Are private hire taxis killing a people’s future?

By Benjamin Chiang

The article below was drafted in reaction to this report on ChannelNewsAsia: "Flexibility, being your own boss, decent income: Why younger people are working as private hire drivers."

There are some people who are against the trade of private hire for this reason: they think it kills an individual’s employability and retirement adequacy.

Devadas Krishnadas posted the following on his LinkedIn page: “These jobs (referring to gigs such as private hire driving) have no professional value. Even plying the roads consumes vast amounts of energy… yet these drivers refer to themselves as their own bosses.

“In truth, the real beneficiaries are the ride hailing companies all gunning for blockbuster IPO listings. Drivers constitute a free labour force for which they have no responsibility or liability.”

“While a number of drivers drive on a short term basis, for an increasing number it is becoming a long term proposition. As time passes and they continue driving their employability get eroded.”

Devadas thinks that drivers are being made used of. That long-term exposure to gigs, such as private hire driving, would reduce their employability and eventually see them completely being wiped out when technologies such as driverless cars replace them.

His comment drew the reply of Rio Hoe, a trainee solicitor in London and a regular contributor to the Five Stars and a Moon online publication.

“I don’t think any of these individuals are blind to these limitations – surely no Grab driver expects to become a manager at Grab by starting out as a driver,” says Rio.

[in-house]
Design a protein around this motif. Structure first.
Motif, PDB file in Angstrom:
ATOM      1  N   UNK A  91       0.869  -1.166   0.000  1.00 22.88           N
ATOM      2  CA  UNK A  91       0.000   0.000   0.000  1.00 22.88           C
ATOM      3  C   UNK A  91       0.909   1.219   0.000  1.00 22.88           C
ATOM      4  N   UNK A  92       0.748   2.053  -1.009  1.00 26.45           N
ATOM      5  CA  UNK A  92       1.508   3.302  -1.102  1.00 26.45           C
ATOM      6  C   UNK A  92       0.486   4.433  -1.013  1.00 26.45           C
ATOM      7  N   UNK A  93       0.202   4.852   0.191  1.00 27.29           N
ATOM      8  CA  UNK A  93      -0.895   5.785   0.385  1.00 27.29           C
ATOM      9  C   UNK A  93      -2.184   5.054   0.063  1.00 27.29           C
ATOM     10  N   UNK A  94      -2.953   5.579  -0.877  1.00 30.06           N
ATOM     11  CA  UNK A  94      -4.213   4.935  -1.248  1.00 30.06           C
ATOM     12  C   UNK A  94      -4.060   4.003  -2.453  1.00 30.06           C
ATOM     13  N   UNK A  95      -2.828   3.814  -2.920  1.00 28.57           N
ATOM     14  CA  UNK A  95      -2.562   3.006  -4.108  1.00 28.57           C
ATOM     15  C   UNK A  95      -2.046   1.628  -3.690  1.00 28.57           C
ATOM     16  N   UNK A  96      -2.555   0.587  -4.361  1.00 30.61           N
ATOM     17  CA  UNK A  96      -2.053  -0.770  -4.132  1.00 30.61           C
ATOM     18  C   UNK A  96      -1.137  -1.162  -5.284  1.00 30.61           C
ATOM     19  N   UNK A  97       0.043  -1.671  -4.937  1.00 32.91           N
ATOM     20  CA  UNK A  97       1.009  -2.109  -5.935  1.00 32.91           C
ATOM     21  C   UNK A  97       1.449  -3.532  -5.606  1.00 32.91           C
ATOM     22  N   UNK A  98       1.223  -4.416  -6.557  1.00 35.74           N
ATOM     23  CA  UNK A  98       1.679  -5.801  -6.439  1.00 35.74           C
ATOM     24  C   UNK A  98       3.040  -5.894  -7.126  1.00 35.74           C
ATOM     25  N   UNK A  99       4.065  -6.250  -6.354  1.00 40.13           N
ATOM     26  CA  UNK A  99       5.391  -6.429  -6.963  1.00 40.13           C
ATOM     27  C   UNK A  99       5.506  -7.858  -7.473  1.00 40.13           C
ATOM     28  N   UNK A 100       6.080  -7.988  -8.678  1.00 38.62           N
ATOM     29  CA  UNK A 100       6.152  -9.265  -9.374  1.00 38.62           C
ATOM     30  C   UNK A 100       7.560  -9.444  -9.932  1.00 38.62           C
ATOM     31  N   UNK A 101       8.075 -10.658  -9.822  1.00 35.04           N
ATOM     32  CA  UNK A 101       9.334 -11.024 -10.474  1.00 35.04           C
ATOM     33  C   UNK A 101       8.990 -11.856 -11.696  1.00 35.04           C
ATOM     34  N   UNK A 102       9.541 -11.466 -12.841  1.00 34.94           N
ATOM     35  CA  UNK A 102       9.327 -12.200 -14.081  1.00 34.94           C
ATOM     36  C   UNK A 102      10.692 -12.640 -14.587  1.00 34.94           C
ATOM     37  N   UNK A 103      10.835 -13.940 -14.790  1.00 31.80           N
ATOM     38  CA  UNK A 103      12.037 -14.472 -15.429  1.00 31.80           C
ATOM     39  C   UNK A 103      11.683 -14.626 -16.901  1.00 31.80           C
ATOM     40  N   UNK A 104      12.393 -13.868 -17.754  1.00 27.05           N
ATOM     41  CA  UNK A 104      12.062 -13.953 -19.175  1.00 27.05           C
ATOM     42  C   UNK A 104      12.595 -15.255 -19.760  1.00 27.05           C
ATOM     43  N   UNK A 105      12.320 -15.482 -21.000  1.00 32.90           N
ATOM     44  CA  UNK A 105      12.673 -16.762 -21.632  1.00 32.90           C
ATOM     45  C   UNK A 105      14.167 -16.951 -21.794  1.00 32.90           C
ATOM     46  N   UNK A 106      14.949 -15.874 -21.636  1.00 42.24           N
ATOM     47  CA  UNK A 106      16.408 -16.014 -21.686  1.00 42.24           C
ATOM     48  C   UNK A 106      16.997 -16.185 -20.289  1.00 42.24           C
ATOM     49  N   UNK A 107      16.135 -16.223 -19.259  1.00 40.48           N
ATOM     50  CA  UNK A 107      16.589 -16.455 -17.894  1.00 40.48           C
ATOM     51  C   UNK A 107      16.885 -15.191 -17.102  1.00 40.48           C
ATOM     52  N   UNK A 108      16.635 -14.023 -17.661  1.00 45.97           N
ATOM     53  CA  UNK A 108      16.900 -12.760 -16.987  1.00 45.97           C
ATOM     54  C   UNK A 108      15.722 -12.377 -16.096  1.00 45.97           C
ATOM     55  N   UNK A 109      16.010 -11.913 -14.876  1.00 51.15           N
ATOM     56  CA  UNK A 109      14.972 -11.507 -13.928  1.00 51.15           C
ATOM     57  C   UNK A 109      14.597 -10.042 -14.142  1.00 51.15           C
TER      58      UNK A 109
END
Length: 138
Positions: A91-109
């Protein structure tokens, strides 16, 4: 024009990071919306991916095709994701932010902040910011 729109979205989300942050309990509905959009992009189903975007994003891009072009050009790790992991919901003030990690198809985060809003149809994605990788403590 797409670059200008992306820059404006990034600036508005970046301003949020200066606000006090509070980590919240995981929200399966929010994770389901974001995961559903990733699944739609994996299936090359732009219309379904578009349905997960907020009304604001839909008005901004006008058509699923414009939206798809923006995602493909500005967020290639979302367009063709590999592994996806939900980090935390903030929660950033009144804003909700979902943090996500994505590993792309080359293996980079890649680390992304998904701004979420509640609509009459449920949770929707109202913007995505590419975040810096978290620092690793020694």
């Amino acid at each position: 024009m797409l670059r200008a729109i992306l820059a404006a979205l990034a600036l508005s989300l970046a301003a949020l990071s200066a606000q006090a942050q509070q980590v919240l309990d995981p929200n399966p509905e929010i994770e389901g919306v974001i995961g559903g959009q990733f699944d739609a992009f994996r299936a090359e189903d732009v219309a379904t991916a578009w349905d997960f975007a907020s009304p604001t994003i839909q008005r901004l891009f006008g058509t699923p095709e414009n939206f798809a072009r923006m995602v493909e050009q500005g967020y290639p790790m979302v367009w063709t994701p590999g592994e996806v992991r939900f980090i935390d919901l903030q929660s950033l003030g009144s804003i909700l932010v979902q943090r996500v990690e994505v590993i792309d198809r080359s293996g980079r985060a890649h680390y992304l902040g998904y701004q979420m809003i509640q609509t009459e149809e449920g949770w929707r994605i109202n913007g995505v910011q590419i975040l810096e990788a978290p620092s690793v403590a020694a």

“In fact, one could argue that the fact that young people still take up these jobs *despite* the lack of professional development demonstrates that they value aspects of the job such as autonomy and flexible hours to such an extent that it outweighs the repetitiveness and the career limitations of a private hire driver.

Rio makes a very good suggestion: “Therefore, perhaps the solution to retaining talent and avoiding “waste” is for companies to try to accommodate the changing demands of today’s generation of workers.“

I have made several trips on Grab in the past and perhaps out of influence of my job, I always ask them why they chose to be private hire drivers.

Yes, the reflex answer is flexibility and freedom. But you have to dig deeper. Many, many of them also double as real estate or insurance agents and driving provides them with a captive audience and an opportunity to network.

Several I met are pursuing their hobbies, trying to turn professional in them. I have met photographers, artists, designers, programmers who are working on their next killer project. All these people would not have had the time and freedom to do these had they engaged in full-time work.

Some are building a fledgling business that hasn’t become profitable yet. Driving helps to temporarily quench parched wallets.

If they were to pursue “normal” jobs, not only do you lose out on the opportunity to pursue a true love, you also get trapped in the same skills retardation problem. If you are merely an executive in company XYZ, what are the odds of rising to eventually become Chief of XYZ?

Very low.

Sure, you end your career with a quantum saved via CPF contributions that is perhaps barely sufficient for retirement. But you lost out on building an empire. You lost out on living a life.

“So while I believe that Uber does not provide an ideal working environment for its drivers, we cannot ignore the fact that these drivers, being free-acting economic agents who are fully aware of their limited employee rights and benefits, have chosen to be drivers nonetheless. Why? Because Uber provides a convenient and flexible source of supplemental income and unlike contracted work, they can cease being private hire drivers almost immediately once they find new jobs,” says Rio.

This article first appeared on Five Stars And A Moon. It is reproduced with permission.


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